The improper access was discovered when the authority’s privacy office was conducting its monthly audit specifically aimed at ensuring that all employees, including doctors and nurses, only access files they are authorized to do so.
The audit randomly selects patient files who have a “do not announce” designation, and looks at who accessed the file and then examines whether it was proper. Anyone who enters a hospital can ask to have their file marked with the heightened level of privacy designation, but other staff members can also impose the label if they believe it is appropriate.
“It would draw flags if the person may have looked at a file where the person wasn’t receiving care,” Adams said.
Adams said in this particular incident two files that should not have been opened were caught. The privacy office then cross-referenced other files the worker had accessed and came up with three more breaches.
He said any time a staff member accesses a patient file in the electronic records system, a computer prompt pops up asking the worker if they are an authorized viewer. In this case, the worker would have had to select “yes” before gaining the file.
News1130 declined to give comment.
Last fall, B.C.’s privacy commissioner opened an investigation into the loss of a Vancouver Coastal Health laptop computer containing the health records of 450 patients at Toronto’s airport.
By Katie Engelhart - Thursday, March 18, 2010 at 1:00 PM - 6 Comments
The new must-have device for today’s doctors: the iPhone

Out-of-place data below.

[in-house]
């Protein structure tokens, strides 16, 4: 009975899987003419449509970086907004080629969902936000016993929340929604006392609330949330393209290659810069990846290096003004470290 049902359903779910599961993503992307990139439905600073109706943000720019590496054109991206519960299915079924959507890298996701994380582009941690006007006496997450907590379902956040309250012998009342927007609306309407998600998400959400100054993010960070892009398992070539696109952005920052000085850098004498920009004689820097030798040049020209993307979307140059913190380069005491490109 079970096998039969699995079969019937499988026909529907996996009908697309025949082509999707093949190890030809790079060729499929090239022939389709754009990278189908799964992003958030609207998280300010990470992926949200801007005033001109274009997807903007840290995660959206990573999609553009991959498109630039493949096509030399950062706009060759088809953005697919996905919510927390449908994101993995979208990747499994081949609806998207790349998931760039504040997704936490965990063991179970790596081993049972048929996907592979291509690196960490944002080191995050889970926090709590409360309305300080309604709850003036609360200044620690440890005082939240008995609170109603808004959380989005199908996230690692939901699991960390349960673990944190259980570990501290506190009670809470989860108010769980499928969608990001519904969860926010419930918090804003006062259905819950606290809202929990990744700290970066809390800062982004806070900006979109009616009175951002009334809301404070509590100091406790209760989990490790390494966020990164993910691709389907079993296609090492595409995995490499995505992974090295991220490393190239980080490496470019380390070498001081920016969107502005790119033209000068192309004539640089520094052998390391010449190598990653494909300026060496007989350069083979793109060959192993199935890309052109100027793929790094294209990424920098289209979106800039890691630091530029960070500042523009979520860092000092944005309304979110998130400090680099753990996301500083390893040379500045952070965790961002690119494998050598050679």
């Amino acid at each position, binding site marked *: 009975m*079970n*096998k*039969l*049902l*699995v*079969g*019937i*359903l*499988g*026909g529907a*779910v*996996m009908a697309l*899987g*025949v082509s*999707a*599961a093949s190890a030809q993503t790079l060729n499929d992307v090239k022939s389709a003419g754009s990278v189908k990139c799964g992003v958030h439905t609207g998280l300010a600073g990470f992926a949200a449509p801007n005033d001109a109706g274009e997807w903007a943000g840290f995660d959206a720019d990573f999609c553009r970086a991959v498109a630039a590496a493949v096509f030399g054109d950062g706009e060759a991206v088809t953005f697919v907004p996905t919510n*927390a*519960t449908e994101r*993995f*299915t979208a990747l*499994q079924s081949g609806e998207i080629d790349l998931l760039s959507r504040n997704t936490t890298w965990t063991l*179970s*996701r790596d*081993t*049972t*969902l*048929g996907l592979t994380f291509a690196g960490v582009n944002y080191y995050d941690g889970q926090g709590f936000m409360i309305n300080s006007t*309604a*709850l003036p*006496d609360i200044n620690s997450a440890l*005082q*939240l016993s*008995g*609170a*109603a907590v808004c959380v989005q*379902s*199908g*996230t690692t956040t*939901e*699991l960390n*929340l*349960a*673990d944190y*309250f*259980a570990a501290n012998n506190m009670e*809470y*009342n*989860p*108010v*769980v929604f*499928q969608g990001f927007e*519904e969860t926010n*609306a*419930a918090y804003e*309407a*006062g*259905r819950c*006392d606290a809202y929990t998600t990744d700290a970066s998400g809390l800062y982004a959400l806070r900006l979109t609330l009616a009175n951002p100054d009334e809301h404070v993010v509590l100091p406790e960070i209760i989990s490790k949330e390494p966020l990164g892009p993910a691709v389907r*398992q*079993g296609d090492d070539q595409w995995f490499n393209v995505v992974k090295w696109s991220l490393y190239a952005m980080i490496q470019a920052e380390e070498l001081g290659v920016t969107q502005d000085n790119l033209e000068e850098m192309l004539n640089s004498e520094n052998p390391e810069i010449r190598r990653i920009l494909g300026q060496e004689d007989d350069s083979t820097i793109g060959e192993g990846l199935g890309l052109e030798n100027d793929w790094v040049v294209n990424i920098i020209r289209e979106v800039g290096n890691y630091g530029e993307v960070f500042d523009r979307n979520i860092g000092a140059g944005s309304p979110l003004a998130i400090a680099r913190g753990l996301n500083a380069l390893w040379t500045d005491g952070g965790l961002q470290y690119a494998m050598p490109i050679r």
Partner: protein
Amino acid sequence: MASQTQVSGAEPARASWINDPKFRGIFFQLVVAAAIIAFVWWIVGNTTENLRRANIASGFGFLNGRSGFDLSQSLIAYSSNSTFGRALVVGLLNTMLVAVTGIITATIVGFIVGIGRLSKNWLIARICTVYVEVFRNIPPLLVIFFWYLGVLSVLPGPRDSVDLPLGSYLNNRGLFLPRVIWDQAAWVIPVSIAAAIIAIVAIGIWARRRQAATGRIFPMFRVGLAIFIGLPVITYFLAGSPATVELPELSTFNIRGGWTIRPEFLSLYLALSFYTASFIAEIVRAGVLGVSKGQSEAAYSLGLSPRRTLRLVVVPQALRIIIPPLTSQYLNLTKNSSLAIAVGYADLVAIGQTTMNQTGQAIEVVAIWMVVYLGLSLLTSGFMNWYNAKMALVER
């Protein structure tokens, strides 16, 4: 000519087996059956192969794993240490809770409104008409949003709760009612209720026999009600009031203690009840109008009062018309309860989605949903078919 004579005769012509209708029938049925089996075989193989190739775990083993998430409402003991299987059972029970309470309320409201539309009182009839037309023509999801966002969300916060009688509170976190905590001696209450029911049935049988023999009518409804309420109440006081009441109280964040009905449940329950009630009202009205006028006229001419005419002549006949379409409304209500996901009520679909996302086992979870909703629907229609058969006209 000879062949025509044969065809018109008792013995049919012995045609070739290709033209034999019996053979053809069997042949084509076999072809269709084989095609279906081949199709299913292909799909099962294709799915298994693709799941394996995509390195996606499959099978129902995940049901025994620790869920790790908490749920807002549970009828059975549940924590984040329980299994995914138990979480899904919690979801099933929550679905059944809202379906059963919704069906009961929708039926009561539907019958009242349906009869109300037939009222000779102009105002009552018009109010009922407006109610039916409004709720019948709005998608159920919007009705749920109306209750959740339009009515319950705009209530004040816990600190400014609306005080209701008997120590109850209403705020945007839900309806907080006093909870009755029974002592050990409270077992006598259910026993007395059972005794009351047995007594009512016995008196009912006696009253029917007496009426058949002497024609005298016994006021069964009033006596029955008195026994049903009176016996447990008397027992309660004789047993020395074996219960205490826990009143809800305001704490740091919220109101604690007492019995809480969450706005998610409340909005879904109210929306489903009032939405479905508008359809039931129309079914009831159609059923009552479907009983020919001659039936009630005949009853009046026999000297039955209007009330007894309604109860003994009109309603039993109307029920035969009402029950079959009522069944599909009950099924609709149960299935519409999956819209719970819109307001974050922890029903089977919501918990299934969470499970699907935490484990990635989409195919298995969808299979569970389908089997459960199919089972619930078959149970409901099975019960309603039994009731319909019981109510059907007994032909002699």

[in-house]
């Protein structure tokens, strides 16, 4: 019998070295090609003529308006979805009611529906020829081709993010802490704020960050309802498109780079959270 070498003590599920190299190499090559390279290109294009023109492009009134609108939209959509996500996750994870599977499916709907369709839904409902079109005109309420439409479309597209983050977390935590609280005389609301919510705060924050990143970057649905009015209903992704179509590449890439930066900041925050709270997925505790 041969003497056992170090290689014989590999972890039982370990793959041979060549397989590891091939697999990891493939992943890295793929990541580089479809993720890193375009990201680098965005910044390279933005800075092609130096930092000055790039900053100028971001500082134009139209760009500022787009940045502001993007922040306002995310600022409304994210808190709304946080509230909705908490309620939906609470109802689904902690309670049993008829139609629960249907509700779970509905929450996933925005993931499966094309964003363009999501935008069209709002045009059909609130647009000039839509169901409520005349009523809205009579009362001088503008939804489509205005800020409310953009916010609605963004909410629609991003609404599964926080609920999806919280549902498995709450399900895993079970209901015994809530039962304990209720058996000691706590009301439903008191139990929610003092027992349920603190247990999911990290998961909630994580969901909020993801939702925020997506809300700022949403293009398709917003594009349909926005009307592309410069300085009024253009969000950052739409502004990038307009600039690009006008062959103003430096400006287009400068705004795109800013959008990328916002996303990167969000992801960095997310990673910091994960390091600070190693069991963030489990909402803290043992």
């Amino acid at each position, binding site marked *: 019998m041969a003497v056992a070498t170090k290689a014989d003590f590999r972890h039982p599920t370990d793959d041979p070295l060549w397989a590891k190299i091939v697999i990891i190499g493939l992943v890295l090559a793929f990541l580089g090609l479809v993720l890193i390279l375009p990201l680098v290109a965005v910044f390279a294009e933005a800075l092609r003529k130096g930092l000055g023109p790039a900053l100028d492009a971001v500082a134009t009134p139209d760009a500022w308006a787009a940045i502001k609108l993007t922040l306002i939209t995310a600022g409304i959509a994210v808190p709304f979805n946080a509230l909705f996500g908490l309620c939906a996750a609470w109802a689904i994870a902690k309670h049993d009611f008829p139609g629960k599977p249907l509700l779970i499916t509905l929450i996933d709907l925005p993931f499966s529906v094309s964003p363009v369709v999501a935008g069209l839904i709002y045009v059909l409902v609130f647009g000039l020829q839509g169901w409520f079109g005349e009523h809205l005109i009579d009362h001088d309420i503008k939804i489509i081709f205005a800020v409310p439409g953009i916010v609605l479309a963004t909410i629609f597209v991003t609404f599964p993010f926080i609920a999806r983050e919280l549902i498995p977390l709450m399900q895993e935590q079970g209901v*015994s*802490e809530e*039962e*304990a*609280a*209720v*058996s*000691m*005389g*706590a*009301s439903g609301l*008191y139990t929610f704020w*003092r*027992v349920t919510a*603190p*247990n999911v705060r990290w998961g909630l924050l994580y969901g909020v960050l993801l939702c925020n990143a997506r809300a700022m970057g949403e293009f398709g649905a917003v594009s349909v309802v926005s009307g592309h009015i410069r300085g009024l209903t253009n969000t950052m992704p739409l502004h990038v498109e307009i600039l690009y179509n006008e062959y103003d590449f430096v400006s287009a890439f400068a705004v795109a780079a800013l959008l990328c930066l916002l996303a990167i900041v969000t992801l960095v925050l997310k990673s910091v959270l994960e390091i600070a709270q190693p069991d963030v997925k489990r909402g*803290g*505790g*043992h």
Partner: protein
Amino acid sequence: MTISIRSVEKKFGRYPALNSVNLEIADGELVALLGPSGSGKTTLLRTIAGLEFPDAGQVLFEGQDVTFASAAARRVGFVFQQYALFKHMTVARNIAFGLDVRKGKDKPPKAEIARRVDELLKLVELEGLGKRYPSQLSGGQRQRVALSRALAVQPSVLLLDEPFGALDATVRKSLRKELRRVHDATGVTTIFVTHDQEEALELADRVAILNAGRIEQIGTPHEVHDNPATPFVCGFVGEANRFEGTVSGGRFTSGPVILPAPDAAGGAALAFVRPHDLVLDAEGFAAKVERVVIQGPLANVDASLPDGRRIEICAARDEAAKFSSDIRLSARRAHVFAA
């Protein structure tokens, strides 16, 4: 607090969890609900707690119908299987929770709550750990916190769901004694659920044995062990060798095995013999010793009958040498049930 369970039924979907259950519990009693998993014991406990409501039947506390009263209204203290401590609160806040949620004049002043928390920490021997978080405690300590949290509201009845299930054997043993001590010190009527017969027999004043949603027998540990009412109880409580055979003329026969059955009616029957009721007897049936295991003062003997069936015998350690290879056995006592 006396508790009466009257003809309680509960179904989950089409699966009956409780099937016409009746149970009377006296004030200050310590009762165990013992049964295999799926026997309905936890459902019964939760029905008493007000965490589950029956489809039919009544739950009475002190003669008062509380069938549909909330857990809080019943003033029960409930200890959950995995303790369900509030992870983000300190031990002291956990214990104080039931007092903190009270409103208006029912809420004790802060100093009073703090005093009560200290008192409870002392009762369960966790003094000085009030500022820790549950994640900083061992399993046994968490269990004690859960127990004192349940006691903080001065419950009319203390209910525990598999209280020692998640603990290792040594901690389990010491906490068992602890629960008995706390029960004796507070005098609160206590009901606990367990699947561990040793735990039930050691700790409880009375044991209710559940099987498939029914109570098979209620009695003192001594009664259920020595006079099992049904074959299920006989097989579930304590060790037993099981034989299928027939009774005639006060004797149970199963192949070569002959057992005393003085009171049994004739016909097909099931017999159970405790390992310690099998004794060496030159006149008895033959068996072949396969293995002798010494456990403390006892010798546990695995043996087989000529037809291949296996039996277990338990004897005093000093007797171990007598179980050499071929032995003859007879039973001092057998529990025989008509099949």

Dr. Phillip Yoon loves—nay, needs—his iPhone. Yoon, district chief of emergency medicine for Halifax’s Capital District Health Authority, refers to his phone as his “peripheral brain.” “It’s part of my body now,” he trills. “If I lost it, that would be trouble.” Yoon’s love affair should be a familiar one to his colleagues. The smartphone—and in particular, the iPhone—has left the realm of electronic plaything, and become an almost required medical tool. According to Manhattan Research, a health care consulting ﬁrm, the percentage of U.S. physicians using smartphones stands around 64 per cent and is projected to hit 81 per cent by 2012. In Canada, the trend is the same. Smartphone use in hospitals “is almost ubiquitous,” says Dr. Dante Morra of Toronto’s University Health Network.
Today, doctors with a few dollars to spare and a smidgen of electronic know-how can download applications at the iTunes store that can transform their iPhones into drug-dose calculators, fetal monitors, or remote receivers for patient records. Yoon could purchase the Anatomical Diagrams app for 3-D illustrations of the human body. He could use Medical Spanish so he can advise Spanish-speaking patients—or check Medscape to review alternatives to the lab test he wants to order.
Rural docs are especially quick to jump on the iPhone bandwagon. In India, the iPhone is being used to mount a campaign against a retinal disease that afﬂicts premature babies. The effort takes place mostly at remote outposts, where lab assistants use iPhones to take pictures of preemies’ eyes. They then send the pictures to pediatric eye surgeons in Bangalore for diagnosis. Some press reports refer to India’s “EyePhone.”